A crewman aboard a yacht saved from sinking in rough seas in the early hours of Saturday said he and his colleagues undoubtedly owed their lives to New Quay lifeboatmen.

Scott Barclay, a member of the four-man crew aboard the yacht on passage from Beaumaris to Milford Haven, said tragedy had been averted.

"Basically, when they got to us we were hanging on and all but ready to go over and under,” he said. “Those guys are heroes.

"They saved our lives and our boat in the early hours of the morning, in terrible weather, the roughest seas - pitch-black and poor visibility.

“Without question, without a second thought, when the call came in they were on their way.”

The station’s relief Mersey class all-weather lifeboat, Bingo Lifeline, was requested to launch by HM Coastguard to aid the 36-foot motor yacht, 24 nautical miles off the resort at 12.50am.

The yacht had lost hydraulic power to the steering and was drifting at a speed of 3.2 knots.

The lifeboat – deputising for the Frank and Lena Clifford of Stourbridge currently undergoing repairs - launched at 1am with seven volunteer crew members on board, in a force six to seven north-westerly.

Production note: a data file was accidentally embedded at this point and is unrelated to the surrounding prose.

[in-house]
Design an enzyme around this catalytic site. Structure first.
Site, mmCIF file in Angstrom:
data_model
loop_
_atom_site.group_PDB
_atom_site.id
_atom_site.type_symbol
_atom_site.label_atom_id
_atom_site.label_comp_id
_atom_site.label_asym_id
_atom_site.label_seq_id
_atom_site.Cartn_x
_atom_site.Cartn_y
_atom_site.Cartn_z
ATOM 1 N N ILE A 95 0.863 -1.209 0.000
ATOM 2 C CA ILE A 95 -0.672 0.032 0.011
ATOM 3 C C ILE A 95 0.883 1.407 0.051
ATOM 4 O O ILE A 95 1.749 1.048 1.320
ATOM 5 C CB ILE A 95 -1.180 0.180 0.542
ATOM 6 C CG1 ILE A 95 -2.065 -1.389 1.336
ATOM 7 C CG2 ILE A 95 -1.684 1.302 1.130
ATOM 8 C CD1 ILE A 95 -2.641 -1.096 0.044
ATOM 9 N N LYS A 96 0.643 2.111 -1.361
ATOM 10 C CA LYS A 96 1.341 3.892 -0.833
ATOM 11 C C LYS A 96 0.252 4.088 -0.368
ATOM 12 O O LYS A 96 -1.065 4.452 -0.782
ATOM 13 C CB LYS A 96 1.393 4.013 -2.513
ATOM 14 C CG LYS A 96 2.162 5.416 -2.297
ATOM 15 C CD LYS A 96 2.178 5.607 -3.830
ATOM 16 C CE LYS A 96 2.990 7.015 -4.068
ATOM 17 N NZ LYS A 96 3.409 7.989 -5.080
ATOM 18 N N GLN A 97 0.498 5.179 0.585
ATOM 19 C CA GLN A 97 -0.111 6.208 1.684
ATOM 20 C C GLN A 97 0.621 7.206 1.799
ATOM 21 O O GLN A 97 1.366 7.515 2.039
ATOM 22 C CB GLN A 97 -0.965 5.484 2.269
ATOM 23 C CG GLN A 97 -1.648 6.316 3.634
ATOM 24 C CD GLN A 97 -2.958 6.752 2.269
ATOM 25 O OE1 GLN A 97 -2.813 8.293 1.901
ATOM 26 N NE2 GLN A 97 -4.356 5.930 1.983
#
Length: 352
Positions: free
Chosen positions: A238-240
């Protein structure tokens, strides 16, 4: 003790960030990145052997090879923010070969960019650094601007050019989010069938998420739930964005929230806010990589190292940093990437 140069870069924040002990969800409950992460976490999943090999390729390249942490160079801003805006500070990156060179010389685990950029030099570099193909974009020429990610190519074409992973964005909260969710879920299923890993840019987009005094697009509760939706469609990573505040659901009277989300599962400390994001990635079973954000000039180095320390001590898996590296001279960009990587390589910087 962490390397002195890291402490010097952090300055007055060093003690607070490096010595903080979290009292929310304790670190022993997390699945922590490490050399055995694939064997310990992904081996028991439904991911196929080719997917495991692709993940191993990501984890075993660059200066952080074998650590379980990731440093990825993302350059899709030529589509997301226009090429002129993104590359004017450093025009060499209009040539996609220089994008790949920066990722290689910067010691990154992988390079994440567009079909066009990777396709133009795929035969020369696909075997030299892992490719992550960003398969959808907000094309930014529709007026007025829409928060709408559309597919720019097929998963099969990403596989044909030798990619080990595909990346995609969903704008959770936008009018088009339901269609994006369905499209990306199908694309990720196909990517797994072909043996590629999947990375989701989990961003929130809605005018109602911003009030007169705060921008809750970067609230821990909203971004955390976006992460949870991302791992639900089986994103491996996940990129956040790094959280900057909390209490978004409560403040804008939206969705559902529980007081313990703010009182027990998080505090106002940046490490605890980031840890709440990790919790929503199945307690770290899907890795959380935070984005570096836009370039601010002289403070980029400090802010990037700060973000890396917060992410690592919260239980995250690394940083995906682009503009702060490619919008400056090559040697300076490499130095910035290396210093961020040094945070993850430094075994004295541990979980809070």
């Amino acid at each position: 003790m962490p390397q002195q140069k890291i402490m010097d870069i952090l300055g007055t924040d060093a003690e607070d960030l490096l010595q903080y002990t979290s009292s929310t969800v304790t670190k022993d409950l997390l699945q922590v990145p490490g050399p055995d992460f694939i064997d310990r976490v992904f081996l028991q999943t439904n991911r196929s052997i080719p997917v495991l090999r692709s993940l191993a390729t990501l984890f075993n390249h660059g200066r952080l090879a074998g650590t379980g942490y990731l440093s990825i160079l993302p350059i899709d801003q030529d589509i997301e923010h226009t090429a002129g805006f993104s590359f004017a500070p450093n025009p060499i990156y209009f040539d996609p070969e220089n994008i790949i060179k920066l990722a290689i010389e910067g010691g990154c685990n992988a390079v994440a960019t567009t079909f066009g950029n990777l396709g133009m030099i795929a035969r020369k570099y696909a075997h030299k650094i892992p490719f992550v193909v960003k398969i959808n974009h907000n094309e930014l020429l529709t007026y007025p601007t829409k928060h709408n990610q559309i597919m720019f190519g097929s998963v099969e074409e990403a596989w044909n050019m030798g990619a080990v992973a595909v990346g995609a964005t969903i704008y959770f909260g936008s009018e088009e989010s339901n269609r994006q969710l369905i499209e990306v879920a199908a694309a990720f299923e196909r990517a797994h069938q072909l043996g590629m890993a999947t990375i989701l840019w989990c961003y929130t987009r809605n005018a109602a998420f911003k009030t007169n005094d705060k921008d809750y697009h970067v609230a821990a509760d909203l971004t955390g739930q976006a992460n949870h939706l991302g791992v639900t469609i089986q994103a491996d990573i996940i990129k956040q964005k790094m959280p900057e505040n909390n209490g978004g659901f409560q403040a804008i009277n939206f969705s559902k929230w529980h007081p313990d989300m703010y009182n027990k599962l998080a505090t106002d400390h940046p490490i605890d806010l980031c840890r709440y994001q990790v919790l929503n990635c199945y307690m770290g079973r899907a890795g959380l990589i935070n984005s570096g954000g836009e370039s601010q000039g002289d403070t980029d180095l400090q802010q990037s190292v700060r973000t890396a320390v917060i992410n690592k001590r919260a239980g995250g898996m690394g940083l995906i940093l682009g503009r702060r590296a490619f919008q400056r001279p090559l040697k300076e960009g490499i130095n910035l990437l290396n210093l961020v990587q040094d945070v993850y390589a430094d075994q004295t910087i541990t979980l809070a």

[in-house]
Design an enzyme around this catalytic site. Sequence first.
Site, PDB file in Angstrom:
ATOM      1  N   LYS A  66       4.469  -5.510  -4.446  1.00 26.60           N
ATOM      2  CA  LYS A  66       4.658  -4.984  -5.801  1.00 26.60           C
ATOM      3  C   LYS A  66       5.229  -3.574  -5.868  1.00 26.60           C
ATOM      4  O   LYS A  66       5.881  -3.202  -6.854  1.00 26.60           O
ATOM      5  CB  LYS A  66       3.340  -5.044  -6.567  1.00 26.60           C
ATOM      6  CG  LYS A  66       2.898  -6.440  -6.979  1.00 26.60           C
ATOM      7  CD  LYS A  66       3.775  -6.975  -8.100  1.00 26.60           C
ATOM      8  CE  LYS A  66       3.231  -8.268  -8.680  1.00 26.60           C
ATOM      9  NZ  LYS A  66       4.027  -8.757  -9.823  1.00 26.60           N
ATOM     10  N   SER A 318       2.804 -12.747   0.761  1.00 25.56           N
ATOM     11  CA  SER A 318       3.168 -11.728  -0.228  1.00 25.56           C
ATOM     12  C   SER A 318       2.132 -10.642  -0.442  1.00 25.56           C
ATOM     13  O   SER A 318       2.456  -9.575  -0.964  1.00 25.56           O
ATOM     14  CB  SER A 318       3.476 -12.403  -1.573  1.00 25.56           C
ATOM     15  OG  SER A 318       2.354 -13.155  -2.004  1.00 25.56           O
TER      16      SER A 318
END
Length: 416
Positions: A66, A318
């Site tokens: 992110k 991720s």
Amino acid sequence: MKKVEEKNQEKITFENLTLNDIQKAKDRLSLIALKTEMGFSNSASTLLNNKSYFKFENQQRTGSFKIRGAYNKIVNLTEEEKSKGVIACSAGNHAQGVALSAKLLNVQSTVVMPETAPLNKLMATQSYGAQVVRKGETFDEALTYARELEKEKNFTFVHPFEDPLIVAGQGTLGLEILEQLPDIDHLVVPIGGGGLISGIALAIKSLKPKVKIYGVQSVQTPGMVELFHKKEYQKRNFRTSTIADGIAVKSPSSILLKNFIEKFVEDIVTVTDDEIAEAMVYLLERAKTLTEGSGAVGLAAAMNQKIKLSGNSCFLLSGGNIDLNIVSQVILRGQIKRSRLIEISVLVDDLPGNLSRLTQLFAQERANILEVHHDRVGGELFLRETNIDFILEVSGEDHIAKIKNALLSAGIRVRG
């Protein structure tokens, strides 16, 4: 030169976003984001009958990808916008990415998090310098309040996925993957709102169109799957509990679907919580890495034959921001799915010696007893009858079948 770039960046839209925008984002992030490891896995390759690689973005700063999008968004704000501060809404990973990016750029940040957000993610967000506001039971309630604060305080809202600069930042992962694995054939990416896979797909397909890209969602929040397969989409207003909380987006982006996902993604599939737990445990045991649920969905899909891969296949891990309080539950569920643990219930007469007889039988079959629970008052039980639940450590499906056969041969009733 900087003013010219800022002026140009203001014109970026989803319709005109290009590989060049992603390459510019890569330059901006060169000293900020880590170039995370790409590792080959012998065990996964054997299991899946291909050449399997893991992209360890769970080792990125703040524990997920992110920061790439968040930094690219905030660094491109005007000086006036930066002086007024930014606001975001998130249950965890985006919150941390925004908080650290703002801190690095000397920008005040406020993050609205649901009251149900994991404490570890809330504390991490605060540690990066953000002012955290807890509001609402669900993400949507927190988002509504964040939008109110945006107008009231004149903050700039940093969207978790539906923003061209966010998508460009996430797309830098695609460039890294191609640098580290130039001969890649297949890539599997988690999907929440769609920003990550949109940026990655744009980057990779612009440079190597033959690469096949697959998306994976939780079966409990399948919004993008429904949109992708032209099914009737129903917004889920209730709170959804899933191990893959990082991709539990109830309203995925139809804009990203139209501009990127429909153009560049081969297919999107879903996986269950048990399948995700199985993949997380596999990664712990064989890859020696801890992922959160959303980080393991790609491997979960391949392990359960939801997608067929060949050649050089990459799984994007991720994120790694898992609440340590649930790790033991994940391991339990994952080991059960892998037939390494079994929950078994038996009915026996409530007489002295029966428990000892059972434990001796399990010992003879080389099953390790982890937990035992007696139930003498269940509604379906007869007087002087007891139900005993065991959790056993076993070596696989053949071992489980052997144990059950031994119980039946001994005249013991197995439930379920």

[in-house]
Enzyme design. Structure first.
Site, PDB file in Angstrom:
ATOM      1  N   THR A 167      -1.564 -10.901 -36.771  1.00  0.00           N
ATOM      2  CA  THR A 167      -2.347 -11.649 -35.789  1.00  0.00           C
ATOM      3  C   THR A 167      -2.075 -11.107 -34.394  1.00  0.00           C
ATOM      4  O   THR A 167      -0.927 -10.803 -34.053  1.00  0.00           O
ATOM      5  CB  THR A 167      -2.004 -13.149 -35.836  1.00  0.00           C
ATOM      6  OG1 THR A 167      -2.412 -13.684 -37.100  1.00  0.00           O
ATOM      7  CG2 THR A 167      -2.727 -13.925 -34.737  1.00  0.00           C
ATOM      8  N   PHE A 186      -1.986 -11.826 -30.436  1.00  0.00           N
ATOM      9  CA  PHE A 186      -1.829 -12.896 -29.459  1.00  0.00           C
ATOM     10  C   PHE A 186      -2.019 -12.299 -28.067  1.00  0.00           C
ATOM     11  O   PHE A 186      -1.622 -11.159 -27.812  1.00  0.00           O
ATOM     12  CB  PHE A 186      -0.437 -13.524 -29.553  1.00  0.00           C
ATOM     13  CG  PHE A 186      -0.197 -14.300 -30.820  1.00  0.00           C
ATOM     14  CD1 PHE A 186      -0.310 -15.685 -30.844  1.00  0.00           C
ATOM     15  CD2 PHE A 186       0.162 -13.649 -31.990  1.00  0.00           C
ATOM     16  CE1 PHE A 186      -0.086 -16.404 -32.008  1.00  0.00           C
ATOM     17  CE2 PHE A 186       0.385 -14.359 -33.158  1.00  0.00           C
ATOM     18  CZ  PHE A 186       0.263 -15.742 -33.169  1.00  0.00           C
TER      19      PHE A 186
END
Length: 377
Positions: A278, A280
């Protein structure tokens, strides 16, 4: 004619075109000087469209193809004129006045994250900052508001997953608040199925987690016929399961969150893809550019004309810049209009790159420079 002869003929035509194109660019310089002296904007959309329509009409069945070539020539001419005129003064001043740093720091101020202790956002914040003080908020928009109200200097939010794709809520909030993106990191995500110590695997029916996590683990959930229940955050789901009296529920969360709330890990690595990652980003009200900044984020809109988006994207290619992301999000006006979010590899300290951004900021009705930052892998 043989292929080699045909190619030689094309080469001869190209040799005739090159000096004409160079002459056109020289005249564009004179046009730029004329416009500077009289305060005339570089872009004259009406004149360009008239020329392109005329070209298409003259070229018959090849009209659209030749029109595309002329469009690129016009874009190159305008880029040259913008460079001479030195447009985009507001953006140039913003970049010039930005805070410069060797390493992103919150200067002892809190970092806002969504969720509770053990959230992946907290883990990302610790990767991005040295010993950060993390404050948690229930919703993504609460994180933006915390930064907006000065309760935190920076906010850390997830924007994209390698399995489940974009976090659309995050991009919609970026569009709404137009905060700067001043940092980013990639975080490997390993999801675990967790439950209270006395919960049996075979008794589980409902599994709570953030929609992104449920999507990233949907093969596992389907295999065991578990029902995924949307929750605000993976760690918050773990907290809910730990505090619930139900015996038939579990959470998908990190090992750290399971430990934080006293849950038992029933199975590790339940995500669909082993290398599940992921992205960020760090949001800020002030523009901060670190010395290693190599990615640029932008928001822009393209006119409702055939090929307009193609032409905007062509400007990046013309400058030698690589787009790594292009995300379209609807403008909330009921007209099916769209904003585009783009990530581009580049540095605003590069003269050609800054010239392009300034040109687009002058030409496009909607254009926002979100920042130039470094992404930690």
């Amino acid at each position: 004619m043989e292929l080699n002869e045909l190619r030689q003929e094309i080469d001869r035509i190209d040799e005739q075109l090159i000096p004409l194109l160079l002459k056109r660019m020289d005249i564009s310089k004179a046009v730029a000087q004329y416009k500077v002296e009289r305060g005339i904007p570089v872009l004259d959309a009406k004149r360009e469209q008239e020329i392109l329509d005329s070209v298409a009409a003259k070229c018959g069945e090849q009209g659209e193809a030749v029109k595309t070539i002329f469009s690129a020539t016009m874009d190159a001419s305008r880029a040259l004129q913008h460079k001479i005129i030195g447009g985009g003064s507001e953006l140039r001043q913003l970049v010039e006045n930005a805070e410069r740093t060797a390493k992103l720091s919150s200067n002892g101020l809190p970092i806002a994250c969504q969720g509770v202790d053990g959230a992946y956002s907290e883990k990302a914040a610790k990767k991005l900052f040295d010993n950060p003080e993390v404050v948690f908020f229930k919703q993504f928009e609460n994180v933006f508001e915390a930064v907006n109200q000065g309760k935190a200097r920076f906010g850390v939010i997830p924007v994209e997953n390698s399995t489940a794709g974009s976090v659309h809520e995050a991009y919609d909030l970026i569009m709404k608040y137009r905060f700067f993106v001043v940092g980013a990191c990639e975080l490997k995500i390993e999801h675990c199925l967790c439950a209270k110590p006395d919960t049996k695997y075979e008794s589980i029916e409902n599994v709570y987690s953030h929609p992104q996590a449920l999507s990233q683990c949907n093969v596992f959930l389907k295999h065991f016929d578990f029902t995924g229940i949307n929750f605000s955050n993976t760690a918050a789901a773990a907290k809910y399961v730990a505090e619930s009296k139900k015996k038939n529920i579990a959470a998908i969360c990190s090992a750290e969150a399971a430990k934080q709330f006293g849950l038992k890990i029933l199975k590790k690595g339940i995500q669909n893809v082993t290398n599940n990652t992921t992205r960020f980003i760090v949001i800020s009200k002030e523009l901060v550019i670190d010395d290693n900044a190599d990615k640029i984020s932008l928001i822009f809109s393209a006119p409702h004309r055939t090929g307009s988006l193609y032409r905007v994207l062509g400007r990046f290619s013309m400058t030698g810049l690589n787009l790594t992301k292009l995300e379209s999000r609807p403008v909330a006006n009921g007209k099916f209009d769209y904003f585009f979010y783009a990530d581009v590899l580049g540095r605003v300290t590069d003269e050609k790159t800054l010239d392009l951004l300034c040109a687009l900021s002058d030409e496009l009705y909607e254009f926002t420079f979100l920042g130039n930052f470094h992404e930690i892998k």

There were concerns for the well-being of two of the yacht’s crew, who were suffering from severe sea sickness.

After battling heavy seas for an hour and a half, the lifeboat crew located the vessel and put a crew member aboard to assess the situation before fixing a tow.

“Conditions were pretty bad,” said Coxswain Daniel Potter. “We had been steaming through large waves to get to the casualty and, when we arrived on scene, could see the yacht rolling violently.

“We passed over a sea anchor to get them head to wind and then put one of our crew on board, which was fairly challenging.

“We were then able to assess the condition of the casualties and begin the long journey back to New Quay.”

A spokesperson for the Ceredigion Lifeboat Campaign group who are fighting RNLI plans to replace New Quay’s all-weather lifeboat with a smaller Atlantic 85 inshore lifeboat next year, said the rescue demonstrated why the retention of the larger vessel was essential.

“The rescue carried out by New Quay lifeboat on Saturday morning was clearly beyond the operating limits of an Atlantic 85 inshore lifeboat, not only in terms of the weather conditions, but also the distance from shore and the size and weight of the casualty vessel," he added.

Mr Barclay was in full agreement. “If we’d had to wait longer for a lifeboat from another station they would have been coming to recover bodies and a wreck,” he said.

“This all-weather boat is essential - if it goes you will be putting more pressure and stress on the boats further up the coast.”

Roger Couch, New Quay RNLI’s Lifeboat Operations Manager, described the conditions as ’extremely dangerous’.

“The state of the occupants was of great concern,” he said. “It was imperative that the lifeboat reached them as soon as possible as the disabled yacht was drifting at the mercy of the weather.”